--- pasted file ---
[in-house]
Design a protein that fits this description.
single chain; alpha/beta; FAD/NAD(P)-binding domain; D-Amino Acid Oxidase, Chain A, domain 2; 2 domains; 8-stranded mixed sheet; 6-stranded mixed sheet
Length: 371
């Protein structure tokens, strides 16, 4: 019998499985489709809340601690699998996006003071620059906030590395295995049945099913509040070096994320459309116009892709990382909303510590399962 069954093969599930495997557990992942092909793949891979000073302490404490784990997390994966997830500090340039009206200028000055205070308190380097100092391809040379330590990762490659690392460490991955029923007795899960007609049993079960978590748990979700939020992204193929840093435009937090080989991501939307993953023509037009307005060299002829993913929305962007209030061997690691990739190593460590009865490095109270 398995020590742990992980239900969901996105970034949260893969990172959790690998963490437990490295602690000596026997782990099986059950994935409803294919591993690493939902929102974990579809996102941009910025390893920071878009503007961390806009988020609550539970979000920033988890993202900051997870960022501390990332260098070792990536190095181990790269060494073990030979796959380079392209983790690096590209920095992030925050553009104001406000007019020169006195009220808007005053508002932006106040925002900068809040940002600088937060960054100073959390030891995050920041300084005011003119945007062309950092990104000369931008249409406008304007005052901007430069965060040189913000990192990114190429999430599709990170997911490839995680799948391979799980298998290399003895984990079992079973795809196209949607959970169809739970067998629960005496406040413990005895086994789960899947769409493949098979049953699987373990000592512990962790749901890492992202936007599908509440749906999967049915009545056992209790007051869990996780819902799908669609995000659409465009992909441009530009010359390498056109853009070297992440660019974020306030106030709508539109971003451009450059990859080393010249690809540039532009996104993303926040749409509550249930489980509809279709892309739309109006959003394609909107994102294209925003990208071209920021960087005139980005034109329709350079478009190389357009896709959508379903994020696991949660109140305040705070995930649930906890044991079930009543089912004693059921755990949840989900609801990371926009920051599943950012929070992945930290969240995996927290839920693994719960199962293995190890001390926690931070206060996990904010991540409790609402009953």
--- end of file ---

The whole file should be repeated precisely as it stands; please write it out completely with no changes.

[in-house]
Design a protein that fits this description.
single chain; alpha/beta; FAD/NAD(P)-binding domain; D-Amino Acid Oxidase, Chain A, domain 2; 2 domains; 8-stranded mixed sheet; 6-stranded mixed sheet
Length: 371
């Protein structure tokens, strides 16, 4: 019998499985489709809340601690699998996006003071620059906030590395295995049945099913509040070096994320459309116009892709990382909303510590399962 069954093969599930495997557990992942092909793949891979000073302490404490784990997390994966997830500090340039009206200028000055205070308190380097100092391809040379330590990762490659690392460490991955029923007795899960007609049993079960978590748990979700939020992204193929840093435009937090080989991501939307993953023509037009307005060299002829993913929305962007209030061997690691990739190593460590009865490095109270 398995020590742990992980239900969901996105970034949260893969990172959790690998963490437990490295602690000596026997782990099986059950994935409803294919591993690493939902929102974990579809996102941009910025390893920071878009503007961390806009988020609550539970979000920033988890993202900051997870960022501390990332260098070792990536190095181990790269060494073990030979796959380079392209983790690096590209920095992030925050553009104001406000007019020169006195009220808007005053508002932006106040925002900068809040940002600088937060960054100073959390030891995050920041300084005011003119945007062309950092990104000369931008249409406008304007005052901007430069965060040189913000990192990114190429999430599709990170997911490839995680799948391979799980298998290399003895984990079992079973795809196209949607959970169809739970067998629960005496406040413990005895086994789960899947769409493949098979049953699987373990000592512990962790749901890492992202936007599908509440749906999967049915009545056992209790007051869990996780819902799908669609995000659409465009992909441009530009010359390498056109853009070297992440660019974020306030106030709508539109971003451009450059990859080393010249690809540039532009996104993303926040749409509550249930489980509809279709892309739309109006959003394609909107994102294209925003990208071209920021960087005139980005034109329709350079478009190389357009896709959508379903994020696991949660109140305040705070995930649930906890044991079930009543089912004693059921755990949840989900609801990371926009920051599943950012929070992945930290969240995996927290839920693994719960199962293995190890001390926690931070206060996990904010991540409790609402009953």